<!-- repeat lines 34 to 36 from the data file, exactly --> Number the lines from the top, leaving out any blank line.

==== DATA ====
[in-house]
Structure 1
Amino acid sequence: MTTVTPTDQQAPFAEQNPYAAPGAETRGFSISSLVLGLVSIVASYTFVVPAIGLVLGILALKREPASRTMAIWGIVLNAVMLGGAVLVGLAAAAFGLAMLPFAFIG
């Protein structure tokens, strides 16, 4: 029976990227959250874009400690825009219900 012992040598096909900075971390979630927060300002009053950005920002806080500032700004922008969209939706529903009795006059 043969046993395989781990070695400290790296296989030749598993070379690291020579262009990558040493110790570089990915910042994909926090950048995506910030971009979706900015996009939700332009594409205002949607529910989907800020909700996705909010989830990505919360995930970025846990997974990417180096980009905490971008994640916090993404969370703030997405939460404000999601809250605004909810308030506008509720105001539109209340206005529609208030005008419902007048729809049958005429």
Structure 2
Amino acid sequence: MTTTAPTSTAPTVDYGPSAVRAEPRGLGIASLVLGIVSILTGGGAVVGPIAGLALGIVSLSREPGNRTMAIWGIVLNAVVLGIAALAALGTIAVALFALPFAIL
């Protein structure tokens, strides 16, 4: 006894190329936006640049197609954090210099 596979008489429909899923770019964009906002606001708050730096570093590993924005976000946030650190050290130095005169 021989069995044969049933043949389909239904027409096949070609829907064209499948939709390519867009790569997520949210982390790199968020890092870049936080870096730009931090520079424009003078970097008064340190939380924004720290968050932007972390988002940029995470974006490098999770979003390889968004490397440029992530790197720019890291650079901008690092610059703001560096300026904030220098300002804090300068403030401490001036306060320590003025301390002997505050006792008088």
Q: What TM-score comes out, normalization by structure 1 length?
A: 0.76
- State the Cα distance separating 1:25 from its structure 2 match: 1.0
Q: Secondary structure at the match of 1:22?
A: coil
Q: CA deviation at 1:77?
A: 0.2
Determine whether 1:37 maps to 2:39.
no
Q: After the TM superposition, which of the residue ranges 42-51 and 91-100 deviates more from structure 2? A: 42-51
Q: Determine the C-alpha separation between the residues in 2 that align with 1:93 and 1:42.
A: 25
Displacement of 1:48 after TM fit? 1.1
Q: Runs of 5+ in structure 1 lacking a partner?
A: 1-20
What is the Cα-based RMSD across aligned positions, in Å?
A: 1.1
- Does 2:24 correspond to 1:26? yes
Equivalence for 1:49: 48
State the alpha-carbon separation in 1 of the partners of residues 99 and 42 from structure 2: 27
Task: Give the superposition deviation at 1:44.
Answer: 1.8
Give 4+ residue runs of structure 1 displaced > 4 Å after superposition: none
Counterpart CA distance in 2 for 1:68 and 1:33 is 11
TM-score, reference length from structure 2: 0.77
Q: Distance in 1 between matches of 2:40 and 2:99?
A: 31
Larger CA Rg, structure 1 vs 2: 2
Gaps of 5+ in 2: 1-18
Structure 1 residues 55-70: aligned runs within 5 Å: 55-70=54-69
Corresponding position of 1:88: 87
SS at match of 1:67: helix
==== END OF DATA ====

A: 31
Larger CA Rg, structure 1 vs 2: 2
Gaps of 5+ in 2: 1-18